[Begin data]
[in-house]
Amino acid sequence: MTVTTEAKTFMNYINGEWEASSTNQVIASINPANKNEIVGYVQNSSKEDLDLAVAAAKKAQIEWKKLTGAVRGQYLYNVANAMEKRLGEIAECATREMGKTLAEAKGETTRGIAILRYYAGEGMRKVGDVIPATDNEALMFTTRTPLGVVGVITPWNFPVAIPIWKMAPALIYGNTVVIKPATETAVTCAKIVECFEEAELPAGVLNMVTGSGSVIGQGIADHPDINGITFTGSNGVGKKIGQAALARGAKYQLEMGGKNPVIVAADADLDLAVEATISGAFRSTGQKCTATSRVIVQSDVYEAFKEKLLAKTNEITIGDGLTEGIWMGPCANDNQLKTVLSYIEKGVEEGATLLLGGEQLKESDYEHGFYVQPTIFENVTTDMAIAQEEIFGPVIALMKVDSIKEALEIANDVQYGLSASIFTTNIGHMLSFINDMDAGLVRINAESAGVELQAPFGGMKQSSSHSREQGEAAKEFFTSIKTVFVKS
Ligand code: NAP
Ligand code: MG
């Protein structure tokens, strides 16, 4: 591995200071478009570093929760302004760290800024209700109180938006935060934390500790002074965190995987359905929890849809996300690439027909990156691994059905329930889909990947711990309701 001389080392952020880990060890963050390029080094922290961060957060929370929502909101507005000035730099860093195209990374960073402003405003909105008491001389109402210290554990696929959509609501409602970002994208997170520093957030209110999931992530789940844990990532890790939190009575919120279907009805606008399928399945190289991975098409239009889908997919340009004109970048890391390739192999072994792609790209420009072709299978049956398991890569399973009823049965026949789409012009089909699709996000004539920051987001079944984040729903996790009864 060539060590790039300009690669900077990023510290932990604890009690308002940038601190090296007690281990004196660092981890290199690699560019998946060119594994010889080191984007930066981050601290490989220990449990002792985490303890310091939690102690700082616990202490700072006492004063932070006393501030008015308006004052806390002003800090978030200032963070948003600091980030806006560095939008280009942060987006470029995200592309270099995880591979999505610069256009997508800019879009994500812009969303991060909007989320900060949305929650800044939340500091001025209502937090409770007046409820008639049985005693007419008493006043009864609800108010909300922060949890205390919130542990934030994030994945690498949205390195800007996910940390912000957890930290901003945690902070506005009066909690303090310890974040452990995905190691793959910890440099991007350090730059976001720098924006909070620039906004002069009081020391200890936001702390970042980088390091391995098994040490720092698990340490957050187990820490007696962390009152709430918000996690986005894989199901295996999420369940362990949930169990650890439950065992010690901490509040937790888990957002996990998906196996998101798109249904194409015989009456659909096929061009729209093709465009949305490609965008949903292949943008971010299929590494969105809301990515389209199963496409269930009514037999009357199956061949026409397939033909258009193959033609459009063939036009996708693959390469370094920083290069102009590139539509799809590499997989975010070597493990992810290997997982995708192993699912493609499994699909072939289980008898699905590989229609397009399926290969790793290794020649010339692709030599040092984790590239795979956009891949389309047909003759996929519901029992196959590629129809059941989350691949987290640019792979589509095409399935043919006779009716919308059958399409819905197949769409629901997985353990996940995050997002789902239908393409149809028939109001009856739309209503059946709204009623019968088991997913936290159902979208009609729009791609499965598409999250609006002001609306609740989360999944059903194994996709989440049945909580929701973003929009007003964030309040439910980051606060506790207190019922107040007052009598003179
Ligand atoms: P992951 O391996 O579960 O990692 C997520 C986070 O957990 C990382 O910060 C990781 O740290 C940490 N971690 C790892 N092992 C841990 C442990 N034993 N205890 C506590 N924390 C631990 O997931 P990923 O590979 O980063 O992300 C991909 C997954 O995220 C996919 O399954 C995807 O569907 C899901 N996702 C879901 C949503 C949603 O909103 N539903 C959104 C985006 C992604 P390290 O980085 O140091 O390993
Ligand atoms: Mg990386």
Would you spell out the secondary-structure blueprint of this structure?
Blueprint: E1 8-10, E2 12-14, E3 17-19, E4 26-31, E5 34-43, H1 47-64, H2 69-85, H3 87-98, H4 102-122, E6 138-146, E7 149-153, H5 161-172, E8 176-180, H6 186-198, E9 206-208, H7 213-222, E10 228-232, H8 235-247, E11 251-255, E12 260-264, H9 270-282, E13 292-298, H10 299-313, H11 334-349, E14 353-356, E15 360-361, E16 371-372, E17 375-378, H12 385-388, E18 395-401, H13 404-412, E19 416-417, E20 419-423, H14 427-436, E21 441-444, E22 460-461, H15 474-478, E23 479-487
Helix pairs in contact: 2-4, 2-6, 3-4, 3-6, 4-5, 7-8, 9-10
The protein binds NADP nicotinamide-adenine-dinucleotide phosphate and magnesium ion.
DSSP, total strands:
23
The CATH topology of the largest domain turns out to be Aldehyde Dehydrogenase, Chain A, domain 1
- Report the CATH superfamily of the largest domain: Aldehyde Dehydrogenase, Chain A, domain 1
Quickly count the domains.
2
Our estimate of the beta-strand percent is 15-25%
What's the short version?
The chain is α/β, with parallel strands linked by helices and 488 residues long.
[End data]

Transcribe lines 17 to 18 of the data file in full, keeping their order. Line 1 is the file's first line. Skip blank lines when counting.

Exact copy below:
2
Our estimate of the beta-strand percent is 15-25%